The Mau Mau roads, meandering through almost every marketplace in this region, are a wonder to behold. The roads should open up these markets to more trade and commerce, not just within the region but to other areas as well. Surely on doit manger goudron (one should literally be able to eat tar) on these Mau Mau roads.
But seeing the impact handouts has had on the mentality of the masses of this region, a government should build infrastructure while feeding the tummy as well.
It, therefore, makes a lot of sense when Raila Odinga says he will champion infrastructural development in Kenya while also giving a monthly subsidy of Sh6,000 to the poor.
This is an essential element of social protection that goes in tandem with uninhibited access to life’s basic needs that every Kenyan is entitled to under Article 43 of Kenya’s 2010 Constitution. To recap, these are access to adequate and nutritious food, health, education and security.
On October 17, 2000, while making a contribution in the National Assembly on the subject of access to health by ordinary Kenyans, I strongly opposed the cost-sharing policy of the then Kanu government in matters of health.
A taxpayer, I said, cannot pay tax to the government to run the healthcare system and then, when he goes to the hospital, he is told to pay yet another cost that should have been subsumed by his tax. He or she cannot share the cost with himself or herself!…The beauty of every civilised government is to pay for the social welfare of the people.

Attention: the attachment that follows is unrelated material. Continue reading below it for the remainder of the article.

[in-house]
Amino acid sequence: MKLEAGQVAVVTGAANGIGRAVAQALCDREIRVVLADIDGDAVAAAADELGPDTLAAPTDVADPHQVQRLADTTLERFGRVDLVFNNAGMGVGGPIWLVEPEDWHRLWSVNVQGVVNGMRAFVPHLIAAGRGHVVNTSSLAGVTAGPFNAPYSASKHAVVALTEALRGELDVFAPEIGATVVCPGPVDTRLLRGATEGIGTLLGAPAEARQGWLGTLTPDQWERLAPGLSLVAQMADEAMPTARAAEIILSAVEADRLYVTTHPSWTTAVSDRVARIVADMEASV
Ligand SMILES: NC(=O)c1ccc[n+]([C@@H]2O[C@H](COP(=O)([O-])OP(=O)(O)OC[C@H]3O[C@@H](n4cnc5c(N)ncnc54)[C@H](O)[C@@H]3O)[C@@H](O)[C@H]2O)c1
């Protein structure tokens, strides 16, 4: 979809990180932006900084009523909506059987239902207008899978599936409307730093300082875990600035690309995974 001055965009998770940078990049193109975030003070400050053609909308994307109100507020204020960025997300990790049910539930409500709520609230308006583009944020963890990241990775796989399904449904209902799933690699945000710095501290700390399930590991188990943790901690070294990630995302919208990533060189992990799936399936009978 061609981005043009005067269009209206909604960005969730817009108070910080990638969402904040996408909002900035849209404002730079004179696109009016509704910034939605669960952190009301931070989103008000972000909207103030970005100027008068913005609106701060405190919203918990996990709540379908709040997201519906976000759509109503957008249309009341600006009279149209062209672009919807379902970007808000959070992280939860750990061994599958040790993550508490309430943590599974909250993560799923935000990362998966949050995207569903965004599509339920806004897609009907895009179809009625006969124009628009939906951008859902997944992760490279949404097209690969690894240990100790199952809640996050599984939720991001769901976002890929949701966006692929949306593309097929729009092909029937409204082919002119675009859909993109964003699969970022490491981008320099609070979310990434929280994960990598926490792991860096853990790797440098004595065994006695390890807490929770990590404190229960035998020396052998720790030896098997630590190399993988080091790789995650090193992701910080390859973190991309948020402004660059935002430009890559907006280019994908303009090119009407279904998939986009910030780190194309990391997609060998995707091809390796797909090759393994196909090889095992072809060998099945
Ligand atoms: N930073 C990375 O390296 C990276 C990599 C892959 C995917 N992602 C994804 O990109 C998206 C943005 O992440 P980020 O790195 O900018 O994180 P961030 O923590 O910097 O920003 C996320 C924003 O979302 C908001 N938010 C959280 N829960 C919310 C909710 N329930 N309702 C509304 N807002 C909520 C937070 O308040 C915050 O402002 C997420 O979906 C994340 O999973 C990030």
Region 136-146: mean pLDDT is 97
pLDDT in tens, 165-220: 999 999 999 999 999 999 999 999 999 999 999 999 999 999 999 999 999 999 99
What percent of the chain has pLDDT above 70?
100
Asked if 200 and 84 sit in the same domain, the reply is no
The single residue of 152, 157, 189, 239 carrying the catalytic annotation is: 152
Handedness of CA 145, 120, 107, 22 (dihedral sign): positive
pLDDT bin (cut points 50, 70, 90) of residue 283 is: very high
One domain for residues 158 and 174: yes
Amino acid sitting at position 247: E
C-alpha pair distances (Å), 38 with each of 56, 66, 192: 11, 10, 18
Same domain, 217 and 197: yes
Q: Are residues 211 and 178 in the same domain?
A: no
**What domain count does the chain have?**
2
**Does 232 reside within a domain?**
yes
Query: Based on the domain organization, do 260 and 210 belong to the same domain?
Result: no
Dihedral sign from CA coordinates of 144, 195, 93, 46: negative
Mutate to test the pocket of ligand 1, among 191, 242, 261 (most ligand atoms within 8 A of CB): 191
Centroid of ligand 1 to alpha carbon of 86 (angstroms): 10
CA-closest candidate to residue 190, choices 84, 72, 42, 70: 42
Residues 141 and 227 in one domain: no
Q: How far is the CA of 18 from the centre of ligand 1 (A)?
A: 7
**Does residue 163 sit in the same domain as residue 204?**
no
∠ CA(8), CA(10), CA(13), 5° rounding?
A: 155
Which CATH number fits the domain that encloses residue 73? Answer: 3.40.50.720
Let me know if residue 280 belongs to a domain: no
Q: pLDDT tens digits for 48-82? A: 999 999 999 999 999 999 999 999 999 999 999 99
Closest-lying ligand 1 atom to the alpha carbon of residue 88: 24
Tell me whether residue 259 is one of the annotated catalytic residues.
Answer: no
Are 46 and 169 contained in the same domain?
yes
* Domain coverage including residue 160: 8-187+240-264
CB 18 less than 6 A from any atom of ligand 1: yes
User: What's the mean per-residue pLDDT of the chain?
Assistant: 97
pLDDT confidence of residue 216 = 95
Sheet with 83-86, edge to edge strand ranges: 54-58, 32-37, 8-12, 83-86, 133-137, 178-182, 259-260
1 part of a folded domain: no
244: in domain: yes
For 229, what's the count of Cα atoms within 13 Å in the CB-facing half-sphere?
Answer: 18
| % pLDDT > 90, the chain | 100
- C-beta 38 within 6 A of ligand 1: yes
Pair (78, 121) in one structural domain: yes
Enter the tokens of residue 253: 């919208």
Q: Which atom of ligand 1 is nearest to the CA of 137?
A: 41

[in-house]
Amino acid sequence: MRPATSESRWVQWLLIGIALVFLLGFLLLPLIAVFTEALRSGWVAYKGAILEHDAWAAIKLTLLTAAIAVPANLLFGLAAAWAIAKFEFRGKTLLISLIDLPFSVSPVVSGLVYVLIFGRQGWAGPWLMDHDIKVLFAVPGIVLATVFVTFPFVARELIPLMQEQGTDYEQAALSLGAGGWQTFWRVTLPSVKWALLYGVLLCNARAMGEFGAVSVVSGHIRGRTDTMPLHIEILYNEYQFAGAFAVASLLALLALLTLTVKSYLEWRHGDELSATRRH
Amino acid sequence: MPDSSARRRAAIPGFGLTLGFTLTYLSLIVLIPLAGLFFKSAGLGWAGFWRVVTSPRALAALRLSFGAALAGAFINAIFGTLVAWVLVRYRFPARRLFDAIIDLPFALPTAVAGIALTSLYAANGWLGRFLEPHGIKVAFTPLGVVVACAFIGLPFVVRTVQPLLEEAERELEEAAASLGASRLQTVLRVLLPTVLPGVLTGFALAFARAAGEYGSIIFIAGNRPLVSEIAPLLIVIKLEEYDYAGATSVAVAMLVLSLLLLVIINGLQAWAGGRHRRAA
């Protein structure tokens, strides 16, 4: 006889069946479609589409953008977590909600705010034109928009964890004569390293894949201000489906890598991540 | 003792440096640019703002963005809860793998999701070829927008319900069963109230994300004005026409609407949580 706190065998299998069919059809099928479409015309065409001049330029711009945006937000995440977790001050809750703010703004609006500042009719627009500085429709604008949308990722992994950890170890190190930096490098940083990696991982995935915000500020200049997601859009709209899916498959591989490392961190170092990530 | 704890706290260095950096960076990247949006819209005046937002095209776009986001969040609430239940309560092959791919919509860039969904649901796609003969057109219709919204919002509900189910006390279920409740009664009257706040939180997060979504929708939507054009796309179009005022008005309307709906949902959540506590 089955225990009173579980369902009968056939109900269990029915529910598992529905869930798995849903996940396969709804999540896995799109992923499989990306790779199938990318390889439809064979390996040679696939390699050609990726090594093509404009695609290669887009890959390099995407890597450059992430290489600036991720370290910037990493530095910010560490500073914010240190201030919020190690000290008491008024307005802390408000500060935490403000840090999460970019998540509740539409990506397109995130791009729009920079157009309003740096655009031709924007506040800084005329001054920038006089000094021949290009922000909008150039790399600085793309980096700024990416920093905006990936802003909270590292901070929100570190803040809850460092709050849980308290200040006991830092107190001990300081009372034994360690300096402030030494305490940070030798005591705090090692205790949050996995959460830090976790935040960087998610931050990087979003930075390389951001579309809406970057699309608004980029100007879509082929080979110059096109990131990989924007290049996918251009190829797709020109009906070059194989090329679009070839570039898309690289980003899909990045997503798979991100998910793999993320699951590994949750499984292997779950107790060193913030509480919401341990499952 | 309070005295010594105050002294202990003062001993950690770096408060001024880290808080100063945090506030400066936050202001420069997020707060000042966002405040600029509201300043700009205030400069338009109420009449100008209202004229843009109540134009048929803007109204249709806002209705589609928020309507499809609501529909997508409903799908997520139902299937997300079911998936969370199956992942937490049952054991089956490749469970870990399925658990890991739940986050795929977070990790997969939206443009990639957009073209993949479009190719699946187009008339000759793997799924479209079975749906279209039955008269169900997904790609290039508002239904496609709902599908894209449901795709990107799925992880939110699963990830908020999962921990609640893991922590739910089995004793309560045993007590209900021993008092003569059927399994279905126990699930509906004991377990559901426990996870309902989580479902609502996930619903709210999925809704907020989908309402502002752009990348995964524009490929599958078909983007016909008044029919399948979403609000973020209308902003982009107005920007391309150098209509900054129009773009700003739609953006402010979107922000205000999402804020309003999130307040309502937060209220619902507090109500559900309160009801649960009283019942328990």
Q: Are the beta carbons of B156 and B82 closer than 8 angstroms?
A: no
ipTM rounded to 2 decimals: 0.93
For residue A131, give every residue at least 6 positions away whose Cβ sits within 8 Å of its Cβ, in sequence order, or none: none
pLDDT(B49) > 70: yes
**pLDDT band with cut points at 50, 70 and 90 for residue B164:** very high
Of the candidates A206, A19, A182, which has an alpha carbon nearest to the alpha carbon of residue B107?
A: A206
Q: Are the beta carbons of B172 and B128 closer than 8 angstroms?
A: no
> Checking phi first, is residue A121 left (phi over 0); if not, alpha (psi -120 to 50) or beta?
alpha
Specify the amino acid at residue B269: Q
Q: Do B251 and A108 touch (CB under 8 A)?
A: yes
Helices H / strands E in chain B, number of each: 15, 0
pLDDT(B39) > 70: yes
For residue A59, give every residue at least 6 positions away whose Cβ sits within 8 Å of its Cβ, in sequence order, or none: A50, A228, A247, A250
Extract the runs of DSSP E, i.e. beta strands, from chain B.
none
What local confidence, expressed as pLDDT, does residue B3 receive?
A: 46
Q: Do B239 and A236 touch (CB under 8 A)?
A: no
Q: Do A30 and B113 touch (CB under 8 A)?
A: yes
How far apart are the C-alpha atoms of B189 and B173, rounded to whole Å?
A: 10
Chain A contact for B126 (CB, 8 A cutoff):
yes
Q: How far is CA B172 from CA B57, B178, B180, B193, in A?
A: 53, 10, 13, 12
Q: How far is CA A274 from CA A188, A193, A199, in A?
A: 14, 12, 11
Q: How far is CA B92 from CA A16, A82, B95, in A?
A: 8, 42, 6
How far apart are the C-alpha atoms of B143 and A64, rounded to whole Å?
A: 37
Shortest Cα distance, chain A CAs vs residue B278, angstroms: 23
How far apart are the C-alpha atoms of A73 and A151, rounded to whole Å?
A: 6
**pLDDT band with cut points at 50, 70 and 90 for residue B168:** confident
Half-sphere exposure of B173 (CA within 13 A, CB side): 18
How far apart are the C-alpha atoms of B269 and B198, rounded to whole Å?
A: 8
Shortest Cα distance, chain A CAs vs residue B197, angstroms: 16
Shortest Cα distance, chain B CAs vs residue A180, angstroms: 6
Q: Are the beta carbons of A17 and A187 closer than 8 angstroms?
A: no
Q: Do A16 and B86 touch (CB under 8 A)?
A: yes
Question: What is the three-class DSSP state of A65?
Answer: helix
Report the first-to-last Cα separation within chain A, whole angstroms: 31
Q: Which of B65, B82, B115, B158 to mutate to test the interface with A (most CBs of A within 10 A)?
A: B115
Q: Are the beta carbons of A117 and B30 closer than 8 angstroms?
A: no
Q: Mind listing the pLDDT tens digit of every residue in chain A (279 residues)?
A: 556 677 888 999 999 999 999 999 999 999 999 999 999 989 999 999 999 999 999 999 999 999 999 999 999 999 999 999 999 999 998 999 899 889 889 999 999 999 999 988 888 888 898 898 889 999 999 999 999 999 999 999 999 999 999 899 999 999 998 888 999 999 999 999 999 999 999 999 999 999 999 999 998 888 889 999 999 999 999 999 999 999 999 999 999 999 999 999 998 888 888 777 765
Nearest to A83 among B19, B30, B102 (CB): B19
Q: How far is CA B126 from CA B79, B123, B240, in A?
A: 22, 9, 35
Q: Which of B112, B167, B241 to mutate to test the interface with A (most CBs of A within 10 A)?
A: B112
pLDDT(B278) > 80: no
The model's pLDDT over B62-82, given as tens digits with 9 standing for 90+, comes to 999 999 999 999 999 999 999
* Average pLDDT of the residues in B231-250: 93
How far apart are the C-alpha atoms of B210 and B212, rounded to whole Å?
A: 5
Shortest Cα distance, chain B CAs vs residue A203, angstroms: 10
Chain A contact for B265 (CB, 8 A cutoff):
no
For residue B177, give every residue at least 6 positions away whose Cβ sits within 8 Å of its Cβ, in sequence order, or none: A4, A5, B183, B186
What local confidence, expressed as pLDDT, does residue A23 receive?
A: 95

In that regard, I would, in the same spirit expressed more than a decade ago, like to call upon the government to look very carefully at the tyranny of financial capital in the health system today. We cannot have a health system that can easily be captured by some private health institutions (heavily capitalised) whose main interest is to trade with ill health as a people’s misfortune.
On the contrary, we should invest in properly managed social protection institutions, such as NHIF and NSSF, to promote the basic needs of our citizens and not to simply deal with the consequences of inadequate access to basic needs that finally manifest themselves in ill-health among the popular masses.